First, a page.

Minimizing Overwhelm

Minimizing Overwhelm

Minimizing Overwhelm 900 600 Sharna Fabiano

Overwhelm is a common experience among nearly all of the working people I know. We are all busy, that’s for sure, and the labor system we live in tends to ask for more and more, and then some more. Perhaps that’s just its nature. For me, the difference between feeling overwhelmed and feeling engaged, as I operate within this system, is usually a question of perspective. That is, how do I internally react to what companies, managers, institutions, governments, or family members are asking of me?

I don’t know about you, but when I’m overwhelmed, I generally feel totally out-of-control, as if  there’s way too much for me to do, understand, or otherwise respond to, that I’m drowning in  work and have no hope of finishing. When I’m engaged, though, I feel connected to my own power of choice. I’m working because I want to work, and I’m doing in a way and at a pace that I want to be doing it. It has a feeling of eagerness, or at least of genuine interest and commitment.

If you experience work-related (other any other kind of) overwhelm, this post hopes to assist you in reflecting on your particular situation, and in considering how you might practice shifting from overwhelm toward a state of healthier and more sustainable engagement. NOTE: This topic is, of course, vast, but in hopes of avoiding overwhelm and sticking with engagement, I’m going to keep it brief!


Do one small thing for yourself

Self-care isn’t optional, it’s mandatory (like food!), especially if you live in a society like ours that tends toward overwork and isolation. Self-care can be anything (exercise, meditation, chocolate, a bath, a good book, a burger) as long as it is completely unrelated to your work. To reduce overwhelm and move toward engagement, we need to back away slowly, so to speak, remembering that we are humans first, and workers second. We need to feel, in our body, that we are ok, in order to counteract the messages from overwhelm which are telling us that all is not ok. Self-care does this. It provides us with small, essential doses of comfort, relaxation, nourishment, and pleasure. When we give ourselves those things, even for 5 minutes a day, we calm the nervous system and that generally takes the edge off the overwhelm.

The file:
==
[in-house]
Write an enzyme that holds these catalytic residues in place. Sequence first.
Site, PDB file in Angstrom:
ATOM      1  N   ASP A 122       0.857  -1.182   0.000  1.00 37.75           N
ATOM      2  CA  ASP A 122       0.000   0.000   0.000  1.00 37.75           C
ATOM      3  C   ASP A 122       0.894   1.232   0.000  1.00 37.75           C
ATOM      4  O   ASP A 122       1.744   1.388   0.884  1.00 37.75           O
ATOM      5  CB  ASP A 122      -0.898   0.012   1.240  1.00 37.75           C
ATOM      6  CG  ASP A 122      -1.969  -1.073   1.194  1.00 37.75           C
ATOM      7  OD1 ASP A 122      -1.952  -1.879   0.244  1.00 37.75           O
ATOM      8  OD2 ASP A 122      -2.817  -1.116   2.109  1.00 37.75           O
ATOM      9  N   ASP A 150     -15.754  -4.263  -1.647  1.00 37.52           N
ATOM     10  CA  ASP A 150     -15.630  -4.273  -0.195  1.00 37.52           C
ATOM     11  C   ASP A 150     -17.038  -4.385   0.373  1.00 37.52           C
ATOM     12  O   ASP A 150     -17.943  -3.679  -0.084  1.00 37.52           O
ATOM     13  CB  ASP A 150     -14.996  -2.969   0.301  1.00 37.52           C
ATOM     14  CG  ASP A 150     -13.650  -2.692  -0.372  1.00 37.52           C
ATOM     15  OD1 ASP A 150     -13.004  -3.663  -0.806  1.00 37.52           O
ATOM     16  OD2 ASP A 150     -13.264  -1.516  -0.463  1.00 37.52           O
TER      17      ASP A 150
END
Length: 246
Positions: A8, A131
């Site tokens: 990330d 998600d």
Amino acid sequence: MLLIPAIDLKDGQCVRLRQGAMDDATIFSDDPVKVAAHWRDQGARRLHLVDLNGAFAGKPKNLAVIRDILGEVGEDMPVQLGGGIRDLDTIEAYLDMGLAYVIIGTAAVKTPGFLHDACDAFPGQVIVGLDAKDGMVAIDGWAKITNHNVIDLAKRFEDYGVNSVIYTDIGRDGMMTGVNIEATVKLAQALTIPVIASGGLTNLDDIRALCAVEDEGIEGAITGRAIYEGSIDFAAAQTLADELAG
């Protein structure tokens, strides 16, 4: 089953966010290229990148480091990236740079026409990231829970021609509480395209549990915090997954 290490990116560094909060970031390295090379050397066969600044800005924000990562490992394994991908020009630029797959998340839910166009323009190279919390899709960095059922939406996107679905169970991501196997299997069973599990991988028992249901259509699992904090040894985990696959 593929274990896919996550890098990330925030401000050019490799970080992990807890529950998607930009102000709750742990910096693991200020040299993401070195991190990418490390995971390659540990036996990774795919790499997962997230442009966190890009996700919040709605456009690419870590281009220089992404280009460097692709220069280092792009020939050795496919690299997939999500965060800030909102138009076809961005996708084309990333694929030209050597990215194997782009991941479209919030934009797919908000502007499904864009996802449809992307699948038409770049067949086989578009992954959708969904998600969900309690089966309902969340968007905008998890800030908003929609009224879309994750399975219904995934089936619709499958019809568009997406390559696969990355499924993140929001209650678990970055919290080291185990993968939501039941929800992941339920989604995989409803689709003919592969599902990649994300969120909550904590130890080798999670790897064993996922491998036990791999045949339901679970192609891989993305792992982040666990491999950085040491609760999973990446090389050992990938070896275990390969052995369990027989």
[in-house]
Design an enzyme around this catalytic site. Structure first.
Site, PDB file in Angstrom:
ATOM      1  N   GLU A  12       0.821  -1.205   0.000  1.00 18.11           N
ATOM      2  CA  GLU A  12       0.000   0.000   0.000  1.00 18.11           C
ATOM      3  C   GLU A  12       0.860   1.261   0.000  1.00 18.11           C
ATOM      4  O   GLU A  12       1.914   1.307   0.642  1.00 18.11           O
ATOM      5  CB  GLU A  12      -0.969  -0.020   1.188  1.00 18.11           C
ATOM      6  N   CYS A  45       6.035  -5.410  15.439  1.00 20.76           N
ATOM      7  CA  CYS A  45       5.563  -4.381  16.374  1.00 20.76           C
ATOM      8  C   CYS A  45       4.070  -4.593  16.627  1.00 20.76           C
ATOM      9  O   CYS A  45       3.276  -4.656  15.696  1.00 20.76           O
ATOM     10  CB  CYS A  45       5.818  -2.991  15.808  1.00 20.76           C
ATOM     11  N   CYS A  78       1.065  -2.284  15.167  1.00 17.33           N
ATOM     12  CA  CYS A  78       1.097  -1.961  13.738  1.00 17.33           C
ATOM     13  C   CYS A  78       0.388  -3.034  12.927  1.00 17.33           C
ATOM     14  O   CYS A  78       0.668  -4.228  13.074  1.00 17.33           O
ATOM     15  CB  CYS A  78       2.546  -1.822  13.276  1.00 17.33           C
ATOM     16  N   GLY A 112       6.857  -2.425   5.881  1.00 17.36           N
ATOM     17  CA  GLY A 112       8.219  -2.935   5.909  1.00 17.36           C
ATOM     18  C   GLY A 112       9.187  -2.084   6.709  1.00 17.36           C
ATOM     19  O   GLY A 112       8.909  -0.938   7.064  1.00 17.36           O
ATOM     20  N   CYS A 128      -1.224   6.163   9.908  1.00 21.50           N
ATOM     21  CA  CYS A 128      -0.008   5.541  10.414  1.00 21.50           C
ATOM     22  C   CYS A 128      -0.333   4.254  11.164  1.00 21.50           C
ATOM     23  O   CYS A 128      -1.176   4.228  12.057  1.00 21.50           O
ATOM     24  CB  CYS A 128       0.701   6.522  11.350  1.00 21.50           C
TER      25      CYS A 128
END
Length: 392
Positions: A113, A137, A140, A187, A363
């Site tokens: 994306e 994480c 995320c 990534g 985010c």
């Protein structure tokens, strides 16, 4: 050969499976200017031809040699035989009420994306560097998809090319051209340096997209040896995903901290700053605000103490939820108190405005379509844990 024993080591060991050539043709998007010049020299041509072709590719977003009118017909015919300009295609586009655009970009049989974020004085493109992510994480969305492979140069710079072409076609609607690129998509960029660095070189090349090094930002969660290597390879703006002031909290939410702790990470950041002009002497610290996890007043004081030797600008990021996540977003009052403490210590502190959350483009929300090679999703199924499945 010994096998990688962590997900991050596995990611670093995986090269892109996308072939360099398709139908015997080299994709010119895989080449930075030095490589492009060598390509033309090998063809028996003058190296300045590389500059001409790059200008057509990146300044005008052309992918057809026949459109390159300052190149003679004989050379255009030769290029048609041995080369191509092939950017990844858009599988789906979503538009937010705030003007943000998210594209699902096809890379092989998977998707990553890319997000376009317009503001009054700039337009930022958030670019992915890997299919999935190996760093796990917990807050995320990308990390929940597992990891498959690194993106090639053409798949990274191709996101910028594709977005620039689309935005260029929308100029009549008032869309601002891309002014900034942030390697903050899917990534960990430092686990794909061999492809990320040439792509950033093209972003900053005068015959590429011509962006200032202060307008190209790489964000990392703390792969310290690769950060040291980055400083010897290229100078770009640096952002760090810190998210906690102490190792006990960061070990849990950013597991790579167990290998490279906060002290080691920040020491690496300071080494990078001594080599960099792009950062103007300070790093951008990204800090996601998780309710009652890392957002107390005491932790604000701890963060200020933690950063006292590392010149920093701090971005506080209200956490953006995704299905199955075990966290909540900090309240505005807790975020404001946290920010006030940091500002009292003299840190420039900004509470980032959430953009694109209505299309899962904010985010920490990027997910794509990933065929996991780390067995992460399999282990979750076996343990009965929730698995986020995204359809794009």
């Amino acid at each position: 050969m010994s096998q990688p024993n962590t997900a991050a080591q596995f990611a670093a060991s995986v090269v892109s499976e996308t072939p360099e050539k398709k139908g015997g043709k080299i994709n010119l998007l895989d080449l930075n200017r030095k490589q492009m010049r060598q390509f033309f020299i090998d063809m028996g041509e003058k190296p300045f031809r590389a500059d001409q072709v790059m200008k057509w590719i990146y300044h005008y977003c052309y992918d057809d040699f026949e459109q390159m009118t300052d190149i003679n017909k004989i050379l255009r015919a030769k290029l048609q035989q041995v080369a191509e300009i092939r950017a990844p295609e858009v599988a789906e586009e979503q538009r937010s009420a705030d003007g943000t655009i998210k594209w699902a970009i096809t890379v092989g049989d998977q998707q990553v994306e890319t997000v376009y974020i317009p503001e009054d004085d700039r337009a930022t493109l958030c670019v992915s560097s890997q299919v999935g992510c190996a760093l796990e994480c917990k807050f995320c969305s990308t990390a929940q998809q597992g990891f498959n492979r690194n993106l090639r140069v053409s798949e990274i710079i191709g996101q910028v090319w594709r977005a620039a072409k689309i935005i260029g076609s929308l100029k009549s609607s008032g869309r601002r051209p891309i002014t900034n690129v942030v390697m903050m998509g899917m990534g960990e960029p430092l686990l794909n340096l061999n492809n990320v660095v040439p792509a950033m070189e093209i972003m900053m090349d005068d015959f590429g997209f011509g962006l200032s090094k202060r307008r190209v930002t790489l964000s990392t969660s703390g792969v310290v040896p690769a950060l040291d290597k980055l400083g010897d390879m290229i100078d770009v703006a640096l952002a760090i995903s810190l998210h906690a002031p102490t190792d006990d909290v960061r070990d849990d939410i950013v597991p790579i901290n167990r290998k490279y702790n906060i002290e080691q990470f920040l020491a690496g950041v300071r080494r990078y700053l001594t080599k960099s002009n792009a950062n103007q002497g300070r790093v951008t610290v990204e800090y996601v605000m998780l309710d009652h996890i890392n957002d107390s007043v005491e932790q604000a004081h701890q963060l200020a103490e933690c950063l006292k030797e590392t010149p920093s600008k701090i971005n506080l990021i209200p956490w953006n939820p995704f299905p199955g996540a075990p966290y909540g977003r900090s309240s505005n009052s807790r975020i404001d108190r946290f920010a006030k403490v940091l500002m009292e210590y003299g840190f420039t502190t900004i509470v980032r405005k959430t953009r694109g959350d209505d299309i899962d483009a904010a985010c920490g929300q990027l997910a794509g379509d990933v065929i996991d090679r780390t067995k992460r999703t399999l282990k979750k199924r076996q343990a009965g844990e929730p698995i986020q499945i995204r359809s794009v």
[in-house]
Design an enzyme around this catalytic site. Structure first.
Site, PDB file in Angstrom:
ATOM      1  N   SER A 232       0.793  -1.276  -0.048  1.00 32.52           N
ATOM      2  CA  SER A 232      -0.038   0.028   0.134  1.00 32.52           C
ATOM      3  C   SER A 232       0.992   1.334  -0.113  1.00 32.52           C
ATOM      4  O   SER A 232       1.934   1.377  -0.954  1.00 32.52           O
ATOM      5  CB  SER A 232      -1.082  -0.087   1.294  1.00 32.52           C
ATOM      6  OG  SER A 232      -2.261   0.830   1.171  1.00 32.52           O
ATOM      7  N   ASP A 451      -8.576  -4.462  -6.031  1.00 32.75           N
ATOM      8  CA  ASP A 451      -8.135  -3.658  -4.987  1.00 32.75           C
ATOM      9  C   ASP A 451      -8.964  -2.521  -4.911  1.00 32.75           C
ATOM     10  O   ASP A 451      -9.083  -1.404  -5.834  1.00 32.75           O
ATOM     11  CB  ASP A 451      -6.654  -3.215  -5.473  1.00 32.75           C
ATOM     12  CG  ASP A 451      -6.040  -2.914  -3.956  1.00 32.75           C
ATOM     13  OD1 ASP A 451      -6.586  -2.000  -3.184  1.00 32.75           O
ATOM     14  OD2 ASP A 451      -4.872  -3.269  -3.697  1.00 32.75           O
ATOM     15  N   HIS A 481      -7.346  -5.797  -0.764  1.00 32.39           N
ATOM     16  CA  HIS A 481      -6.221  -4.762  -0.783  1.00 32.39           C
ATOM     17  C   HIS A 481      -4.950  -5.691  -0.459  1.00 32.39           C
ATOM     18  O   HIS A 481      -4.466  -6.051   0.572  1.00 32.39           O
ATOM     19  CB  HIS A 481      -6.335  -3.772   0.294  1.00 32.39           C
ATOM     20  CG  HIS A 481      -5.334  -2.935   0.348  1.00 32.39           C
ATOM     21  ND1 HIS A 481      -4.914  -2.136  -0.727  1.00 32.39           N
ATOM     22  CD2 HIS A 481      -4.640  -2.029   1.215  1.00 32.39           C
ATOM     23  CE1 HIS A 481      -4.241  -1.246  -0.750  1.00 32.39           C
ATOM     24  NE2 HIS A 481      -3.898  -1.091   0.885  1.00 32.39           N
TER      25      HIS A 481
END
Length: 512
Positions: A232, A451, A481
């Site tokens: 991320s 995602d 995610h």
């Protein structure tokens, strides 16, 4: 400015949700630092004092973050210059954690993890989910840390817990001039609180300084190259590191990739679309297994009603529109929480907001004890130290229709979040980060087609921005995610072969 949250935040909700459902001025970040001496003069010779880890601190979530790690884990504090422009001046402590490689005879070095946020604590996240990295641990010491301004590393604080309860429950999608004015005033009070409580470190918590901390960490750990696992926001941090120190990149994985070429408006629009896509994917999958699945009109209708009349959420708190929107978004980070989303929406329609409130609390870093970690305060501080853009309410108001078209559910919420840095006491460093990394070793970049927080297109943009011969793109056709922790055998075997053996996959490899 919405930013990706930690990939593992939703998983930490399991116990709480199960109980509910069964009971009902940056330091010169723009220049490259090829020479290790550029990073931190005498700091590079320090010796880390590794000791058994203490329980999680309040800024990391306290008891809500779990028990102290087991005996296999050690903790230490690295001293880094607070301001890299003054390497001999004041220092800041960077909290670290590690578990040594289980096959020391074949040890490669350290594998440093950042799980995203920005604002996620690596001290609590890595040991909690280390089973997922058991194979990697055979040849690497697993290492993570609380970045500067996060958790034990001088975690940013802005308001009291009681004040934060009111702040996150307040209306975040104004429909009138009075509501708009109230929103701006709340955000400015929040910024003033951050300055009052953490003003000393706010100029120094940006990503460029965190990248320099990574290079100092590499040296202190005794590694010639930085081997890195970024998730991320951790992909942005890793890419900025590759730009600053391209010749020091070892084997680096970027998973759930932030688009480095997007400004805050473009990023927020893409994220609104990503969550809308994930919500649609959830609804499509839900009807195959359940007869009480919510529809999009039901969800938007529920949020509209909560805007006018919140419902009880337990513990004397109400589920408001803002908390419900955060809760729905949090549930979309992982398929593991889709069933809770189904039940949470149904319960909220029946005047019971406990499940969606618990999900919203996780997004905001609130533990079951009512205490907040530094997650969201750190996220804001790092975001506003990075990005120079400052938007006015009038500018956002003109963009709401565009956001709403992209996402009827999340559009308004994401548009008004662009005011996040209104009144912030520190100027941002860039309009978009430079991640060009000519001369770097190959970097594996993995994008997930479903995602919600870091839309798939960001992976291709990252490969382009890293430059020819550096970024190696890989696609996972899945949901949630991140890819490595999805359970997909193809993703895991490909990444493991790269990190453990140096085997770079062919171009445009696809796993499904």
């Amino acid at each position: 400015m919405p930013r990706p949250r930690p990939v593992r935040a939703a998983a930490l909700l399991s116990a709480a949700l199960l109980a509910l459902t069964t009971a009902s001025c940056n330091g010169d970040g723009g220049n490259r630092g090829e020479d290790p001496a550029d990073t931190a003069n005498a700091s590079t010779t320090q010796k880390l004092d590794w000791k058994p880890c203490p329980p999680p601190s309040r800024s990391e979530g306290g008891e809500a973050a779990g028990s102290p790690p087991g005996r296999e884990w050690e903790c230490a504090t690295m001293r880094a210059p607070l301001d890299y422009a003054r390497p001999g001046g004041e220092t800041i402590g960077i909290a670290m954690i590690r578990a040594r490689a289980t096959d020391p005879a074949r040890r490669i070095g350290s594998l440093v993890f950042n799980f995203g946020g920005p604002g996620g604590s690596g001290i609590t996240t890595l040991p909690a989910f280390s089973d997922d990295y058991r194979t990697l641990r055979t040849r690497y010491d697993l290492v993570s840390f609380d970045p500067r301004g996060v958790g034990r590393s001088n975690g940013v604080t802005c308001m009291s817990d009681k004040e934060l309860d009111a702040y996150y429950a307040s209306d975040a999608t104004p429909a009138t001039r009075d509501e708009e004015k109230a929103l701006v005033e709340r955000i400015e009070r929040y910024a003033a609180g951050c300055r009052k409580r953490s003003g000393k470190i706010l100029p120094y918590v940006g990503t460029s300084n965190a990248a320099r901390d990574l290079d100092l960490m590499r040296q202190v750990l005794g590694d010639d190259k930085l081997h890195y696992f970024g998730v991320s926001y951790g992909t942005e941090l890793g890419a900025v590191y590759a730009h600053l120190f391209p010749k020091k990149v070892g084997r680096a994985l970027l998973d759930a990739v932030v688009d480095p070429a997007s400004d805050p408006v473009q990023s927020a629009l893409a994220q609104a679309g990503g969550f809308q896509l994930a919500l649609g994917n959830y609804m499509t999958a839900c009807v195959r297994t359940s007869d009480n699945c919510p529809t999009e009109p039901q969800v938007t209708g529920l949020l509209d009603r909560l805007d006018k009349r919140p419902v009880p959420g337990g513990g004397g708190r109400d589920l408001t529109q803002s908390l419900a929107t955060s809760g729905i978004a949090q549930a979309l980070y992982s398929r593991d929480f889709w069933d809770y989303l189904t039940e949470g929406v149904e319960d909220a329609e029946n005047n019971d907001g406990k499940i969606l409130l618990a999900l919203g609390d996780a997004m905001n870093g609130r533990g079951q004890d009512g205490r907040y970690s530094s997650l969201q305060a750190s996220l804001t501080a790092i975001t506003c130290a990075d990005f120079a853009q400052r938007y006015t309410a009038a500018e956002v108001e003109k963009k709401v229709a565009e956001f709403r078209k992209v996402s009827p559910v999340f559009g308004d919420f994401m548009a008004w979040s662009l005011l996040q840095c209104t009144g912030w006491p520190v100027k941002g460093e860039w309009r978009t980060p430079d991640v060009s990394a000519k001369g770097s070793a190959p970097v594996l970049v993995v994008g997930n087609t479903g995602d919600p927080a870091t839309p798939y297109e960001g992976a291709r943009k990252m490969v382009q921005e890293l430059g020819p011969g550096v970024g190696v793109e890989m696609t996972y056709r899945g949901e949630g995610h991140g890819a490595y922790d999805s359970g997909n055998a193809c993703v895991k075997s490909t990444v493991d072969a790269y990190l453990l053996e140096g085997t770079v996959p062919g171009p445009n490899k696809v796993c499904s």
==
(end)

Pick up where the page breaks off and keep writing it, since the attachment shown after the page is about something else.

The reason these tiny acts of self-care may be hard to implement is that the pattern of overwhelm is probably telling you that you don’t have time to finish your work much less eat lunch. How can you possibly meditate for two minutes? There’s no time! I know, I’ve been there, and it seems impossible. But I promise, as soon as you decide you have time, you will have it. Really. Eat lunch. Breath for two minutes. And then go back to work and see how you feel.


Get realistic

Are you asking too much of yourself? This is not an idle question. Unrealistic expectations are rampant in American work culture, so much so that they have become normalized. Many of us actually believe we should be able to magically fit in three extra meetings or two extra research reports at the end of the day, or that we should lengthen the work day until midnight or beyond in order to complete the extra tasks because, well, someone asked. And by the way, also fix the loose kitchen tile, do the laundry, and help the kids with their homework.

More is not always better. More is not always possible. More frequently leads to mistakes and getting the flu. If you thrive on 14-hour days, that’s great! But if you’re feeling overwhelmed, there might also be a very good reason for it. Take an honest look at what you’re expecting yourself to do on a daily basis, and consider whether it’s actually a realistic standard.


Take back your power of choice

Our inner state generally mirrors our outer circumstances, and each can influence the other. When you take change of your inner state, even a little bit, you reclaim your power to impact both. Even a statement as silly as, “I choose to feel overwhelmed right now,” can initiate a shift in perspective. Engagement comes from choice, and the act of choosing itself makes it easier to keep on doing it. Try out other points of view that may shift you closer to a state of engagement. No matter how demanding the external circumstances, you can always choose how you see them and feel about them. For example:

“I choose to focus on one thing at a time.”
“I choose to feel grateful that I have this job/family/opportunity.”
“I’m doing the best I can, and I choose to believe that’s enough.”
“Even if everything isn’t done perfectly, I choose to believe it will be ok.”

How do you understand the experiences of overwhelm vs engagement? How do you navigate between them?


Sharna is an artist, coach, and educator. Both her individual and professional programs are designed to support whole person growth with compassion, elegance, and pragmatism.